ERIC Number: ED375458
Record Type: RIE
Publication Date: 1994-Apr
The Politics of Collaboration: How an Educational Partnership Works.
Baker, Linda M.
This case study examined how representatives of one high-profile partnership worked to influence their associated school. Analysis drew from the "power-influence" perspective of educational policy analysis, a "microcosmic" approach that illuminates the political dynamics of an organizations by analyzing how people in organizations interact politically to produce particular outcomes. The case study was conducted in a major West Coast city in a small, innercity high school populated primarily by Asian and African-American students. It is the site of a 4-year, all-city magnet program aimed at attracting minority students into the teaching profession. The program has been supported since 1989 by four major parties: the primary industrial employer in the state; the College of Education of a respected state university; the largest urban school district in the state; and one of the major national computer manufacturers. Data were derived from: (1) meeting transcripts and field notes; (2) taped interviews with the four main partnership representatives, two founding teachers of the magnet program, and the school-district partnership administrator; (3) journal entries; and (4) document analysis. Findings indicate that this partnership influenced every aspect of its associated school program, and that this influence was manifested in three ways--in formal meetings, through pairs and small groups, and through brokers or linkers. Implications are that intensive community involvement in a school can lead to confusion about the "inside/outside" relationship; partnerships that exercise considerable influence in a school are working outside the normal hierarchy of district decision making; people who are skilled at bridging roles are critical partnership members; and a partnership's influence is related more to the dynamics of interpersonal interactions among pairs of people or small groups in informal settings than to large group interactions in formal meetings. Four tables and the data coding scheme are included. Contains 36 references. (LMI)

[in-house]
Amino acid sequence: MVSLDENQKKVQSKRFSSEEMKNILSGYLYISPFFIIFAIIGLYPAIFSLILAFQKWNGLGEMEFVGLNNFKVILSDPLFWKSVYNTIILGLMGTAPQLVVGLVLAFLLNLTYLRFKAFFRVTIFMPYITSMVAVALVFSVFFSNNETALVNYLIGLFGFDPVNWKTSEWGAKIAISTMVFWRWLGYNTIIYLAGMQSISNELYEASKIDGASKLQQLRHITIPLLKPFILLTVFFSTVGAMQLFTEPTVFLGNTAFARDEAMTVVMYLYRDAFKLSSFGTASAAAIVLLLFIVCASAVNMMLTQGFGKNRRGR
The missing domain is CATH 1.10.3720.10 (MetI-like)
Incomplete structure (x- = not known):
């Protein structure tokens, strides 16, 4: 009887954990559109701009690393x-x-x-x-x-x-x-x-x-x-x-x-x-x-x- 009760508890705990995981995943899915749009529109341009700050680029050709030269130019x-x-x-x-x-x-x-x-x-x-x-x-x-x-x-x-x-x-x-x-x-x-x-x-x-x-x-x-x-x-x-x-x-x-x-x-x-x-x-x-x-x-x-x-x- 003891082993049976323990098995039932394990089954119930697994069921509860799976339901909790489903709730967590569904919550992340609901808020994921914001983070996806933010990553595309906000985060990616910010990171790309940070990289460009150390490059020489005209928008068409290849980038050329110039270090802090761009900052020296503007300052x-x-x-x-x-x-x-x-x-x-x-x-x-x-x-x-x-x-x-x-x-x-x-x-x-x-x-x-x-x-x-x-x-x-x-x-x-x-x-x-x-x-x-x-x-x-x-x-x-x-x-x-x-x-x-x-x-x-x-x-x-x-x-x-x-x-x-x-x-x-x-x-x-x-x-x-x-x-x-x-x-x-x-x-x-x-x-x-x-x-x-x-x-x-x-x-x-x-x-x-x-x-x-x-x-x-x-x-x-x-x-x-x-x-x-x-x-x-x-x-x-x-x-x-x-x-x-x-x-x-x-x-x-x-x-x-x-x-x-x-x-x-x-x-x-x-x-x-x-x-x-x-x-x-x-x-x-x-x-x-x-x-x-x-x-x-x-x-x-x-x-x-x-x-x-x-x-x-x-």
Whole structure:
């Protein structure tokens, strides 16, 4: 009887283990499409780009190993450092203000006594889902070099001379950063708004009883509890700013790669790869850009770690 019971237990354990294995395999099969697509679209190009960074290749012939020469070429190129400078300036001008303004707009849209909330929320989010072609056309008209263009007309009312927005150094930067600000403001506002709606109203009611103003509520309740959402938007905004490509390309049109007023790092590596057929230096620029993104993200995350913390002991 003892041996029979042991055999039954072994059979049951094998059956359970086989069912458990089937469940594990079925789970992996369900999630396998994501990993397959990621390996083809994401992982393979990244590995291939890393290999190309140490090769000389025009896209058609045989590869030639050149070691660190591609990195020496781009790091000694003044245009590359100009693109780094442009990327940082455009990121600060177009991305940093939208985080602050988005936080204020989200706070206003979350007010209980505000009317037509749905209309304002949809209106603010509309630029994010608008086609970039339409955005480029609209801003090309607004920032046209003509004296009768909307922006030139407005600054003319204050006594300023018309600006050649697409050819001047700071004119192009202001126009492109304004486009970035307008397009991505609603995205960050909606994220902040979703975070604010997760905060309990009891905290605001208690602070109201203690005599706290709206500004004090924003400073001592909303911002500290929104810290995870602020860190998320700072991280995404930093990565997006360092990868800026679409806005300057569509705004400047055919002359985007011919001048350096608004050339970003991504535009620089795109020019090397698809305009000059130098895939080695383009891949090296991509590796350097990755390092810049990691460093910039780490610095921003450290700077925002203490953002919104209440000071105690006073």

Publication Type: Speeches/Meeting Papers; Reports - Research
Education Level: N/A
Authoring Institution: N/A
Note: Paper presented at the Annual Meeting of the American Educational Research Association (New Orleans, LA, April 4-8, 1994).